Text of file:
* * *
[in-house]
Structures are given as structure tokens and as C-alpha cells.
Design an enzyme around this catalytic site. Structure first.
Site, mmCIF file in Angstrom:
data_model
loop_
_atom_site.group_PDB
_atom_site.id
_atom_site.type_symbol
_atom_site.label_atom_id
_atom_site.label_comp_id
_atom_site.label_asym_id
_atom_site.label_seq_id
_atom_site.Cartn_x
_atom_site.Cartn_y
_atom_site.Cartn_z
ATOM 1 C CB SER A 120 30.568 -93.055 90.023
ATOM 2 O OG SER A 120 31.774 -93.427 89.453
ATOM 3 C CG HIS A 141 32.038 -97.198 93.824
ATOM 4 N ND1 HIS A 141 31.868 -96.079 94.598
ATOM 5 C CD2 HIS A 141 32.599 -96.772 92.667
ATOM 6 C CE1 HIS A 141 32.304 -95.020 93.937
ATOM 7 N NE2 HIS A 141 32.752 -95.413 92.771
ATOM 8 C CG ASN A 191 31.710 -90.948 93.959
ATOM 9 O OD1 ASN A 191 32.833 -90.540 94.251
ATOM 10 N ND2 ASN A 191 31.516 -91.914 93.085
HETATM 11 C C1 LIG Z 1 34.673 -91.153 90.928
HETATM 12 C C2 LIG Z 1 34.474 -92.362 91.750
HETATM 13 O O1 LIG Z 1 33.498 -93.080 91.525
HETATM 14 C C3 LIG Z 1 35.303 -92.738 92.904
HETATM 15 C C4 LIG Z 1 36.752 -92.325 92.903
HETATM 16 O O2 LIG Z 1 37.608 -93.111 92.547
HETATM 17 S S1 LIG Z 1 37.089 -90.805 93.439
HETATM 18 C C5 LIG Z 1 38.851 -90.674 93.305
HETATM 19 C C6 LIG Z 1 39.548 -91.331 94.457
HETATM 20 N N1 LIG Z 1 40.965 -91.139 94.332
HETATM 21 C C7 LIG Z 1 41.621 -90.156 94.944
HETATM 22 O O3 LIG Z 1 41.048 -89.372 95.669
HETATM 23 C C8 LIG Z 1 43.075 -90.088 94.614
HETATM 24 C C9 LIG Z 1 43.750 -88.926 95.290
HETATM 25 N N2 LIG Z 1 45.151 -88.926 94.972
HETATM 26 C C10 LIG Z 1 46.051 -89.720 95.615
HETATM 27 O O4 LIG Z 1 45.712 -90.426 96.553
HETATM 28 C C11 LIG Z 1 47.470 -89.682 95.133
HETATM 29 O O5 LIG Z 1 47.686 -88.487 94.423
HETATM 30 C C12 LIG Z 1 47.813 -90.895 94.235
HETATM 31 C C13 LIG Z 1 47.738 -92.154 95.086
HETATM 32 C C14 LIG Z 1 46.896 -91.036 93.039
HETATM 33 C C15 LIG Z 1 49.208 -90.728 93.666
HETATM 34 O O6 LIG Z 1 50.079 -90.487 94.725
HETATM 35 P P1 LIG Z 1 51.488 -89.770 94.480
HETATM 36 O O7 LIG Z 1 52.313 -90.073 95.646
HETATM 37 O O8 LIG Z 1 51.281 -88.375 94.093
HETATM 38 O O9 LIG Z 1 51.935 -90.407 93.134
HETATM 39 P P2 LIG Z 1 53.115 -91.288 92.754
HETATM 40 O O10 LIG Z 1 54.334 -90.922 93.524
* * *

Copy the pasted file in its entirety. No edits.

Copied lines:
[in-house]
Structures are given as structure tokens and as C-alpha cells.
Design an enzyme around this catalytic site. Structure first.
Site, mmCIF file in Angstrom:
data_model
loop_
_atom_site.group_PDB
_atom_site.id
_atom_site.type_symbol
_atom_site.label_atom_id
_atom_site.label_comp_id
_atom_site.label_asym_id
_atom_site.label_seq_id
_atom_site.Cartn_x
_atom_site.Cartn_y
_atom_site.Cartn_z
ATOM 1 C CB SER A 120 30.568 -93.055 90.023
ATOM 2 O OG SER A 120 31.774 -93.427 89.453
ATOM 3 C CG HIS A 141 32.038 -97.198 93.824
ATOM 4 N ND1 HIS A 141 31.868 -96.079 94.598
ATOM 5 C CD2 HIS A 141 32.599 -96.772 92.667
ATOM 6 C CE1 HIS A 141 32.304 -95.020 93.937
ATOM 7 N NE2 HIS A 141 32.752 -95.413 92.771
ATOM 8 C CG ASN A 191 31.710 -90.948 93.959
ATOM 9 O OD1 ASN A 191 32.833 -90.540 94.251
ATOM 10 N ND2 ASN A 191 31.516 -91.914 93.085
HETATM 11 C C1 LIG Z 1 34.673 -91.153 90.928
HETATM 12 C C2 LIG Z 1 34.474 -92.362 91.750
HETATM 13 O O1 LIG Z 1 33.498 -93.080 91.525
HETATM 14 C C3 LIG Z 1 35.303 -92.738 92.904
HETATM 15 C C4 LIG Z 1 36.752 -92.325 92.903
HETATM 16 O O2 LIG Z 1 37.608 -93.111 92.547
HETATM 17 S S1 LIG Z 1 37.089 -90.805 93.439
HETATM 18 C C5 LIG Z 1 38.851 -90.674 93.305
HETATM 19 C C6 LIG Z 1 39.548 -91.331 94.457
HETATM 20 N N1 LIG Z 1 40.965 -91.139 94.332
HETATM 21 C C7 LIG Z 1 41.621 -90.156 94.944
HETATM 22 O O3 LIG Z 1 41.048 -89.372 95.669
HETATM 23 C C8 LIG Z 1 43.075 -90.088 94.614
HETATM 24 C C9 LIG Z 1 43.750 -88.926 95.290
HETATM 25 N N2 LIG Z 1 45.151 -88.926 94.972
HETATM 26 C C10 LIG Z 1 46.051 -89.720 95.615
HETATM 27 O O4 LIG Z 1 45.712 -90.426 96.553
HETATM 28 C C11 LIG Z 1 47.470 -89.682 95.133
HETATM 29 O O5 LIG Z 1 47.686 -88.487 94.423
HETATM 30 C C12 LIG Z 1 47.813 -90.895 94.235
HETATM 31 C C13 LIG Z 1 47.738 -92.154 95.086
HETATM 32 C C14 LIG Z 1 46.896 -91.036 93.039
HETATM 33 C C15 LIG Z 1 49.208 -90.728 93.666
HETATM 34 O O6 LIG Z 1 50.079 -90.487 94.725
HETATM 35 P P1 LIG Z 1 51.488 -89.770 94.480
HETATM 36 O O7 LIG Z 1 52.313 -90.073 95.646
HETATM 37 O O8 LIG Z 1 51.281 -88.375 94.093
HETATM 38 O O9 LIG Z 1 51.935 -90.407 93.134
HETATM 39 P P2 LIG Z 1 53.115 -91.288 92.754
HETATM 40 O O10 LIG Z 1 54.334 -90.922 93.524